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Chromecast (2015) review: A superfluous upgrade to a high-caliber product

Jared Newman | Oct. 22, 2015
One of Google's best devices gets modest improvements, and that's okay.

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The second-generation Chromecast might be the most unnecessary hardware that Google has ever released, but that doesn't mean it's bad product.

With Chromecast, the hardware never mattered much. Unlike media streamers from Roku, Amazon, and Apple, a Chromecast doesn’t come with a remote control. Instead, you use your phone, tablet, or computer’s Chrome browser as the remote. When you’re ready to watch TV, you open a supported app such as Netflix or Hulu, hit the big “Cast” button, choose a video, and watch as it starts streaming on the television a few seconds later.

By moving the entire browsing experience to the device in your pocket (or on your lap), Chromecast is unburdened by heavy computational and storage requirements, not to mention the cost of a remote. And whenever you buy a new phone or tablet, the Chromecast experience automatically gets smoother and faster. This unique setup—and ever-expanding app support—has allowed Chromecast to get better with age.

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Tap the Cast button in apps like YouTube, and video appears on the TV.

All of which is a long-winded way of saying that the market wasn't crying out for a replacement for the first-generation Chromecast. Despite being two years old, it’s still a fast and cheap way to watch Internet videos on your television. The new model, still $35, is just a teeny bit more effective.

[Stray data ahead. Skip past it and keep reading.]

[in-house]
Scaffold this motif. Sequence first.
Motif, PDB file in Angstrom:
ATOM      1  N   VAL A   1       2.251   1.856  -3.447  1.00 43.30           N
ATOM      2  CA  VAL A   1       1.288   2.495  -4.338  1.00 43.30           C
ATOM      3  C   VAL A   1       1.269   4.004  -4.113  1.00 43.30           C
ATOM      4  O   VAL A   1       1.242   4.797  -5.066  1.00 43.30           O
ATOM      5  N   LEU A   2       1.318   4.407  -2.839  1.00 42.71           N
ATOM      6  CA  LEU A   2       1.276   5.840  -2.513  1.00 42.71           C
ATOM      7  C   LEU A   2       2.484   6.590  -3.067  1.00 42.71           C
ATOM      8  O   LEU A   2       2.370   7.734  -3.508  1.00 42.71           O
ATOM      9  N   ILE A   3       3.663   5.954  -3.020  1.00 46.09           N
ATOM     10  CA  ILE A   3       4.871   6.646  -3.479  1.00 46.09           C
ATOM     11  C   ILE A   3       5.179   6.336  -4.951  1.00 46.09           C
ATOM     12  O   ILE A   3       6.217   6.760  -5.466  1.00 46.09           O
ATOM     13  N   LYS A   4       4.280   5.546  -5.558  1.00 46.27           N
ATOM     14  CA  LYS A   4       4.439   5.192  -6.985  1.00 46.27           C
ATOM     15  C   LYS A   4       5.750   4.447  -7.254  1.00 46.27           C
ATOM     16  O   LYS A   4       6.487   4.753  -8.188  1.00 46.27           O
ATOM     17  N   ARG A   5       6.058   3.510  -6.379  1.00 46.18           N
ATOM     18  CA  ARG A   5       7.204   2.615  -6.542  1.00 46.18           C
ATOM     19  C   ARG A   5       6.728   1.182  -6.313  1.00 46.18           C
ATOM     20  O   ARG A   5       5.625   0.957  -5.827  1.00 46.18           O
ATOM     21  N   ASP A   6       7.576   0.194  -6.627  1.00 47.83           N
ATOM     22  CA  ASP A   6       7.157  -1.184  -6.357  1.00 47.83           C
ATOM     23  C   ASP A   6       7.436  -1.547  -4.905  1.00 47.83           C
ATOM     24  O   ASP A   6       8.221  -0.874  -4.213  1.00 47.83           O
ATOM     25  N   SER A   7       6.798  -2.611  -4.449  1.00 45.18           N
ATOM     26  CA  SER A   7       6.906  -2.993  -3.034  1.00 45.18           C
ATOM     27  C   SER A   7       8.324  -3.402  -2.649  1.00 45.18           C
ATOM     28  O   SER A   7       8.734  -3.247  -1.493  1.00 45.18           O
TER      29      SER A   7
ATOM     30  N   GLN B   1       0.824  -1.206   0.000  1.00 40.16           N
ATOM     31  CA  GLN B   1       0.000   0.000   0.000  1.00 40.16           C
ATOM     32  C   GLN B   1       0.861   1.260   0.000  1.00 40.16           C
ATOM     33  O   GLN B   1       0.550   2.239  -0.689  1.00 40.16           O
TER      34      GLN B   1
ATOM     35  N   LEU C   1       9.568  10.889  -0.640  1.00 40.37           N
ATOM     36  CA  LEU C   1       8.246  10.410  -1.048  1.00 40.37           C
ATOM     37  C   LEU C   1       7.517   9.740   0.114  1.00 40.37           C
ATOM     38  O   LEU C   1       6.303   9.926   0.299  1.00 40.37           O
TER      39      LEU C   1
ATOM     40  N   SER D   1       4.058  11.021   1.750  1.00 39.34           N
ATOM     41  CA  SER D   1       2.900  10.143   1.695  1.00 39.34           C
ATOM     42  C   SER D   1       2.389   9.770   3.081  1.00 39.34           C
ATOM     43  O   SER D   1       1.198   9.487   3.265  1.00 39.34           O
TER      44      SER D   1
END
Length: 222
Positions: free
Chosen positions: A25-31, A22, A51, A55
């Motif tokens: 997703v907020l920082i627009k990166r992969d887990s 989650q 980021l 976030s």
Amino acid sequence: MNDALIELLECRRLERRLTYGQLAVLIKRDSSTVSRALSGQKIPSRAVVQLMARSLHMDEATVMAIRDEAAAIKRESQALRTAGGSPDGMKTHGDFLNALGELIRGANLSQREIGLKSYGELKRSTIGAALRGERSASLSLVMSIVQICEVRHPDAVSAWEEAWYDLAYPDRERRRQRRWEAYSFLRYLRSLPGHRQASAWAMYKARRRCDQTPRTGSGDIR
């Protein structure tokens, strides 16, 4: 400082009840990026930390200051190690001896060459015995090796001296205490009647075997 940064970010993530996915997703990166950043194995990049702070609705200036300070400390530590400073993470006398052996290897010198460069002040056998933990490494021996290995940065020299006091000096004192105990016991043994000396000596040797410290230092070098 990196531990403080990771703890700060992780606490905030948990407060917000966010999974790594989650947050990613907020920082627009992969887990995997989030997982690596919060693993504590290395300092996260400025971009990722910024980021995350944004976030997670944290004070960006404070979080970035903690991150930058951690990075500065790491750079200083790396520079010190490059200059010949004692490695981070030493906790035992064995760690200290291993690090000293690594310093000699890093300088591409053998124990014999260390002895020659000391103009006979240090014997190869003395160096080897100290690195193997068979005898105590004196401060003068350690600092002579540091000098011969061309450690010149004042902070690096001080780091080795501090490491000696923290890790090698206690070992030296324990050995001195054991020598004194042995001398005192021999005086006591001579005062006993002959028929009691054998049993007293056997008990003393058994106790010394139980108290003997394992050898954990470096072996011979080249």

Streaming in the round

The new Chromecast does look different from the 2013 version, which was slightly larger than a USB stick and plugged directly into a television’s HDMI slot. The 2015 version is more like a plastic puck, with a 4-inch HDMI cable on one end. It’s designed to dangle freely away from the TV, so as not to block any nearby ports. (The old Chromecast shipped with a short HDMI extension cable to mitigate this problem.)

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The new Chromecast hangs away from the TV, while the old one can block adjacent HDMI ports. Credit: Jared Newman

A micro-USB port on the opposite side of the new Chromecast connects to the included power cable to either an AC adapter or the television’s powered USB port. With an AC adapter, a Chromecast can automatically turn on your television and switch to the correct input when you start Casting a video. Some televisions allow this through a USB port, too, but only if the port provides power even while the TV is off. (In either case, you’ll need a TV that supports HDMI-CEC, which you might need to enable in your TV’s settings.)

 

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